My son has signed up to play cello in orchestra. He is in 4th grade when this is offered through school. He is the first musician in our family. He is challenging himself and I cannot be more proud of him despite my complete lack of musical knowledge.
The concept is simple. He had three instruments to choose from. He has two set practice times. He has three performances. The framework is laid out, it is simple and to the point. It is not some elaborate scheme that confuses him and creates a sense of being overwhelmed which happens to him often.
“When you learn a new skill, you learn new patterns. And then you start seeing these patterns interwoven into the familiar world. The impenetrable becomes less so. Things you always knew, you now know better.”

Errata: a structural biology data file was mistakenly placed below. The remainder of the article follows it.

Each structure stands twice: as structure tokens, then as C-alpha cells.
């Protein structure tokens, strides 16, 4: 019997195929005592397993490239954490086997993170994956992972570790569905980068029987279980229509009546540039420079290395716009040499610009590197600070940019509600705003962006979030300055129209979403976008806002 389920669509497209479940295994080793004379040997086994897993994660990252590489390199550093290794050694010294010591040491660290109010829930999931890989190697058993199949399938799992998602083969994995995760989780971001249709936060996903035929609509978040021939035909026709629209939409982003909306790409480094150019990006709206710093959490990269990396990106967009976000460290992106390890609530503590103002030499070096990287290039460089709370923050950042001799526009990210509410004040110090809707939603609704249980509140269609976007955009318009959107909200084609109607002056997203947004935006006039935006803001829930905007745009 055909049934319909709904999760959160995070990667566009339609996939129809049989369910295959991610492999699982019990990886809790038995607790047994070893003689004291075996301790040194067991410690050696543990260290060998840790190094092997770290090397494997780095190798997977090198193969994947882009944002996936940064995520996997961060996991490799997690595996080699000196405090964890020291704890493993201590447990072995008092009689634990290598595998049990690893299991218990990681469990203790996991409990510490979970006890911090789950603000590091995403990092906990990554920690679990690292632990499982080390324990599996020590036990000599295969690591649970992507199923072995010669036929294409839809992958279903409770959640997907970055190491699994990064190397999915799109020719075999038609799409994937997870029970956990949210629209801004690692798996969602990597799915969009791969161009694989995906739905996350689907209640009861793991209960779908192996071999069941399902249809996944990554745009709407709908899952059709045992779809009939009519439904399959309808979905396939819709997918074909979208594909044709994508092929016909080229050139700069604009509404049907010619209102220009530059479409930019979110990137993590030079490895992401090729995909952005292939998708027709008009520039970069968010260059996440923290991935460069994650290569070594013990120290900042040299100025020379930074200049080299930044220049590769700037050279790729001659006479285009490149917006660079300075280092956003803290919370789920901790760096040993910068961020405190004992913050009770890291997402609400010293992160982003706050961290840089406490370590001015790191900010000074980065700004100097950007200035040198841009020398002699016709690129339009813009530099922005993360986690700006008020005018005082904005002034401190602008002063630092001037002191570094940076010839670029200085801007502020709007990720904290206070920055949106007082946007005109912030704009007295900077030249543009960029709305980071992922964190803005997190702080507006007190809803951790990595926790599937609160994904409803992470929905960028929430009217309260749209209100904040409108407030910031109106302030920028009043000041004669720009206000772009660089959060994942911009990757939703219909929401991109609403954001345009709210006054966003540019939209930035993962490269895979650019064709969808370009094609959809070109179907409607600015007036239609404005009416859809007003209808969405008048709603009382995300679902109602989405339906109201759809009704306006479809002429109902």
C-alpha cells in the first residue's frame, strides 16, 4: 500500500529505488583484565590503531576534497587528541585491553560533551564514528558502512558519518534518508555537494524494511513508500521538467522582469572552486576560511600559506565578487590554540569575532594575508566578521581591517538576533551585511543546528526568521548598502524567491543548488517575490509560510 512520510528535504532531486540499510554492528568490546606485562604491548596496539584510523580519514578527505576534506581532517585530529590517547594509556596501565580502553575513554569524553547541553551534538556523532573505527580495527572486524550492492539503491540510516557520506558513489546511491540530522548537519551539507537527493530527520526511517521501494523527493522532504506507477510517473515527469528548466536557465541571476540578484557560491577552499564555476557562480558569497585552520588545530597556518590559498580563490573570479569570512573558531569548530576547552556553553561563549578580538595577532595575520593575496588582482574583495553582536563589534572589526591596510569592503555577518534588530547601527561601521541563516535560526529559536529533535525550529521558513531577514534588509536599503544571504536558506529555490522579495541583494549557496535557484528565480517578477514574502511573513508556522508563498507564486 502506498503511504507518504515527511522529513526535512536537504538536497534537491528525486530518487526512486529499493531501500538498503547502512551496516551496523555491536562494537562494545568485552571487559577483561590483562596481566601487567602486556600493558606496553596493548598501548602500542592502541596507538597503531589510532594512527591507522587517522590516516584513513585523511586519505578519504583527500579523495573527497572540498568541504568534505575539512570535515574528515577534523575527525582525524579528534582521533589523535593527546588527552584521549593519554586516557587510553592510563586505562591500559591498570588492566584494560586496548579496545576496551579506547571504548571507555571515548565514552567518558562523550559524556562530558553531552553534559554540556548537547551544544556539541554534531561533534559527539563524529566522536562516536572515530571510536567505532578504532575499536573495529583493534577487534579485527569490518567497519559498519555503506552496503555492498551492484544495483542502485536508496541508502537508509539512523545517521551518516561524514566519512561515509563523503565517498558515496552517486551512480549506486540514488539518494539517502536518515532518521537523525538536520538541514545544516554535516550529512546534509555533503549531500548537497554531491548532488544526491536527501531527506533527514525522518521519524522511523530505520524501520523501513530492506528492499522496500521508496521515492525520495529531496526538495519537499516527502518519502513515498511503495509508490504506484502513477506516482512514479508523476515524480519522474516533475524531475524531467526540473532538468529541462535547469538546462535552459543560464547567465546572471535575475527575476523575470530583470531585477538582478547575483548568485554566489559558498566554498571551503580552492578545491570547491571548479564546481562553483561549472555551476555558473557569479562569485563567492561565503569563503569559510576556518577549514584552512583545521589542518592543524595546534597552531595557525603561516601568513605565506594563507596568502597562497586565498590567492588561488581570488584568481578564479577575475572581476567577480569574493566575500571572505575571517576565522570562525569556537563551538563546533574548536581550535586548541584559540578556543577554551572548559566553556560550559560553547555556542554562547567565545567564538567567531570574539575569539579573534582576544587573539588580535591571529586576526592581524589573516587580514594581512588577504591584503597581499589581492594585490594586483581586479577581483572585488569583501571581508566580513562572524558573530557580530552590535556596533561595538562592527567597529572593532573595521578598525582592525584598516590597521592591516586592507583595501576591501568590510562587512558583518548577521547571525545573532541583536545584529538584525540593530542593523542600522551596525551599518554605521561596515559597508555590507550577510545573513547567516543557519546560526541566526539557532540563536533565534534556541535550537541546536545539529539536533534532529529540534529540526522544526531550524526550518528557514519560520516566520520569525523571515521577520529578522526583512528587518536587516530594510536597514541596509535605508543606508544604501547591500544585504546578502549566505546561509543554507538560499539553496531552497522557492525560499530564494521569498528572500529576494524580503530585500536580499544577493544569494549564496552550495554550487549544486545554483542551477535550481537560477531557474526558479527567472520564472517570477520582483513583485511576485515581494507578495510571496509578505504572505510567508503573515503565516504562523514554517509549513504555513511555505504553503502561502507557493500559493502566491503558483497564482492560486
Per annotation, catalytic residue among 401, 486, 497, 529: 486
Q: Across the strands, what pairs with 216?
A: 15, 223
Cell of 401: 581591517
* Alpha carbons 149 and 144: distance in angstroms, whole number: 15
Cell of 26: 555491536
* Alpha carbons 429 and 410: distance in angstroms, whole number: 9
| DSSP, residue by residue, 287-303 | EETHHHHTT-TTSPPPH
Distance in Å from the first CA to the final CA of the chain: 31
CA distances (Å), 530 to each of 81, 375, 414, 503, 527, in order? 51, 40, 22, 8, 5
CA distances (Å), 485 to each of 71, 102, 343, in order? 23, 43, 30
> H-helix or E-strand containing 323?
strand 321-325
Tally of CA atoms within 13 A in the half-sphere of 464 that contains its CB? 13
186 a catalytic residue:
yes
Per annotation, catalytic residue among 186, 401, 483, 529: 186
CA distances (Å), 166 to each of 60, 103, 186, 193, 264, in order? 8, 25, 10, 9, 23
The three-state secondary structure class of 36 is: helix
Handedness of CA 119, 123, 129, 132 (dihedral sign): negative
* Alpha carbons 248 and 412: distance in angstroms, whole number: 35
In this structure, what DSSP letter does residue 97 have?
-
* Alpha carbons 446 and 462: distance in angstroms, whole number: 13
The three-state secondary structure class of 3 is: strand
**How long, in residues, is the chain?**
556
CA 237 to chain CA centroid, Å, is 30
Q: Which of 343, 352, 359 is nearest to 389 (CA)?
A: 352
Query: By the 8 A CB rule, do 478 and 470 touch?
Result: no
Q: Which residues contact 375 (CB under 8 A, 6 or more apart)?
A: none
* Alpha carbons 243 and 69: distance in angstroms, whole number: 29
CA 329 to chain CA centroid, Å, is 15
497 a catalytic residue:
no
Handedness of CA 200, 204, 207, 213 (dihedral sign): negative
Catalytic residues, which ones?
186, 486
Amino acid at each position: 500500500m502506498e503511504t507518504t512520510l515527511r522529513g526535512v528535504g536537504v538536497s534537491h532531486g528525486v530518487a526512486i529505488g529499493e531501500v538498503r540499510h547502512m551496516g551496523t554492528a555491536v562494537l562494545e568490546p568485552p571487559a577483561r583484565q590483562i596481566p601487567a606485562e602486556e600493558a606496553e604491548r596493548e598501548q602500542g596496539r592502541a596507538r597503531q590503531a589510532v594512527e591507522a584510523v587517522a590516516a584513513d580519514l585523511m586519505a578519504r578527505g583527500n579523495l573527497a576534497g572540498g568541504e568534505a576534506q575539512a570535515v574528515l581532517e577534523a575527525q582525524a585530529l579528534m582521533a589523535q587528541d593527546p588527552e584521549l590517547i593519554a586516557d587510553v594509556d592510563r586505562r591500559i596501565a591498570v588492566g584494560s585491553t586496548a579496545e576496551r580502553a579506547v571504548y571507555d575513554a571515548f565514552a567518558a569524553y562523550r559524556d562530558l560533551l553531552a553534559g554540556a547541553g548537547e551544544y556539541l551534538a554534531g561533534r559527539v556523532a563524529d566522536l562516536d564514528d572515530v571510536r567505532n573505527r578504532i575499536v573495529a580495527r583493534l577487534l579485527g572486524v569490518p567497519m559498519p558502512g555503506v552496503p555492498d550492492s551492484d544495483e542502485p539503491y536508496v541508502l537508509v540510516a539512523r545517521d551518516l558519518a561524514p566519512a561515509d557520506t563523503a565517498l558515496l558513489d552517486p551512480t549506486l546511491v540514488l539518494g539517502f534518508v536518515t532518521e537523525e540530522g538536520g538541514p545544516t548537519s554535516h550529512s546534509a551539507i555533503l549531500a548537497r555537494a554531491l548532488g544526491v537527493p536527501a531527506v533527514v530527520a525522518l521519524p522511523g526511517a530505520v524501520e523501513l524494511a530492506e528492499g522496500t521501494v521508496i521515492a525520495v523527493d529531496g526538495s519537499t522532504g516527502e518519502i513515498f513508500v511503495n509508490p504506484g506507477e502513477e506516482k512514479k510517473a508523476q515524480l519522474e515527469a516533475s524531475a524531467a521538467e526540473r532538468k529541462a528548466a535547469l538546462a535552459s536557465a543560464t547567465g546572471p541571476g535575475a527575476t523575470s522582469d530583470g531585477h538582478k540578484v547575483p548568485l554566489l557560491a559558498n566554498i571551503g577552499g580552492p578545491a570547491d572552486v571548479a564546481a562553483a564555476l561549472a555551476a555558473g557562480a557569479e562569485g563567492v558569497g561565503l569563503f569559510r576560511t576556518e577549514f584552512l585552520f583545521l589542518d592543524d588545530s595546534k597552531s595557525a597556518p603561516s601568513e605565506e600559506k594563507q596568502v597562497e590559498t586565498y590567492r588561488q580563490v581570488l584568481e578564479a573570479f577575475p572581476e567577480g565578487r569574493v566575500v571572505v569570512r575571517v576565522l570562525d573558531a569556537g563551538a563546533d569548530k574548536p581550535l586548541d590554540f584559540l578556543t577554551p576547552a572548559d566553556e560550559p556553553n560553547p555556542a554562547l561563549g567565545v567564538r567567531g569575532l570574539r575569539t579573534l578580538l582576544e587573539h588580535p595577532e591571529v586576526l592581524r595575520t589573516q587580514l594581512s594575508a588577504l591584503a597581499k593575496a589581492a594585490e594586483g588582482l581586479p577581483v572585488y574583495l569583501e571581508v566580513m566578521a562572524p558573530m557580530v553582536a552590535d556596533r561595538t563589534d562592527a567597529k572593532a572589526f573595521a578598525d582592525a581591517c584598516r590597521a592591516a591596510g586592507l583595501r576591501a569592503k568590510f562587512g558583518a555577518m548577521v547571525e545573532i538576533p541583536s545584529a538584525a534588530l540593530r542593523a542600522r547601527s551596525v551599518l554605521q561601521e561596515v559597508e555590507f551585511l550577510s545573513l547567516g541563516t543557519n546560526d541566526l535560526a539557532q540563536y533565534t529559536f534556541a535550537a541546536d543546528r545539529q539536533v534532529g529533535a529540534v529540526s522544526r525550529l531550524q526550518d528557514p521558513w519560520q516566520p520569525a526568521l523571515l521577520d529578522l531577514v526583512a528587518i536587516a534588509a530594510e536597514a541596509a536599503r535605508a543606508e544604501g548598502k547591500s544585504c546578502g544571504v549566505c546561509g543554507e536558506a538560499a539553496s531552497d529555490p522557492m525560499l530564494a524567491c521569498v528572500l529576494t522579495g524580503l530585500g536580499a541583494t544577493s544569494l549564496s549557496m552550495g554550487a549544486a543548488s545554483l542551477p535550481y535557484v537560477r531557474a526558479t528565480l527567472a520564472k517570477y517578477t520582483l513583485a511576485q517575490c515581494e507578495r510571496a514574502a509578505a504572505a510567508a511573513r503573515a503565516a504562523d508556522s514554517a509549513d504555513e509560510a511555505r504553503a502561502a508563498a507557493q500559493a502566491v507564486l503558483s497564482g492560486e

Phil Libin, INC. magazine, October Issue 2013
This quote resonates with me on many levels. We cannot forget that as we continue to grow as educators our students are coming in at the same baseline year in and year out. Our job is to refine our skills in a way that help more students learn new skills more frequently and with more precision. Part of our own professional learning is crafting the skills we possess to find out what works and what does not so the next generation of students can benefit from our learning.
As we strive to increase achievement, deeper learning, high order project based learning, literacy rates, STEM, and any other buzz word you want to throw into the mix, don’t forget about simplicity. We don’t have to overcomplicate things. Some things in education are made out to be some complex nightmare when we could just strip things down to the barebones and be just as successful. In the end we have to ignite passion for learning and help students find a personal interest to what we are teaching to allow the doors to open.
We will keep it simple with Aiden when it comes to his music……..
because we have to due to the fact this his parents are about as tone deaf and music illiterate as you can imagine.